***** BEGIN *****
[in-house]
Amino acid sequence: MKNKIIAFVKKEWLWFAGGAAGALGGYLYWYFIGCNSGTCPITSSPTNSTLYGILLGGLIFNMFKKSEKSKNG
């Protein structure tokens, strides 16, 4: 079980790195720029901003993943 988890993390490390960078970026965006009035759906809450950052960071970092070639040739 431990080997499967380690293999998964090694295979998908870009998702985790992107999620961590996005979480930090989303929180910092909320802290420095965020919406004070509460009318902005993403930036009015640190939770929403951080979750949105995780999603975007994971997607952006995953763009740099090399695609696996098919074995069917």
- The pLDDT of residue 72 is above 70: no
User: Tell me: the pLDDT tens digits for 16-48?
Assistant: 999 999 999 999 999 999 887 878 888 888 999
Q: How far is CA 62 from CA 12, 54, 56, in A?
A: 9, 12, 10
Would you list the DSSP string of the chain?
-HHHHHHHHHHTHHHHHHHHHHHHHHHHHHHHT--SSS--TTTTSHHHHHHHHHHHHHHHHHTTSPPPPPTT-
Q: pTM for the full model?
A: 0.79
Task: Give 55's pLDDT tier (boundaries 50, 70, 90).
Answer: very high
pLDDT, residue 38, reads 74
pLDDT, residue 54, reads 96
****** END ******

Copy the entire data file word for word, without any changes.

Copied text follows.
[in-house]
Amino acid sequence: MKNKIIAFVKKEWLWFAGGAAGALGGYLYWYFIGCNSGTCPITSSPTNSTLYGILLGGLIFNMFKKSEKSKNG
């Protein structure tokens, strides 16, 4: 079980790195720029901003993943 988890993390490390960078970026965006009035759906809450950052960071970092070639040739 431990080997499967380690293999998964090694295979998908870009998702985790992107999620961590996005979480930090989303929180910092909320802290420095965020919406004070509460009318902005993403930036009015640190939770929403951080979750949105995780999603975007994971997607952006995953763009740099090399695609696996098919074995069917």
- The pLDDT of residue 72 is above 70: no
User: Tell me: the pLDDT tens digits for 16-48?
Assistant: 999 999 999 999 999 999 887 878 888 888 999
Q: How far is CA 62 from CA 12, 54, 56, in A?
A: 9, 12, 10
Would you list the DSSP string of the chain?
-HHHHHHHHHHTHHHHHHHHHHHHHHHHHHHHT--SSS--TTTTSHHHHHHHHHHHHHHHHHTTSPPPPPTT-
Q: pTM for the full model?
A: 0.79
Task: Give 55's pLDDT tier (boundaries 50, 70, 90).
Answer: very high
pLDDT, residue 38, reads 74
pLDDT, residue 54, reads 96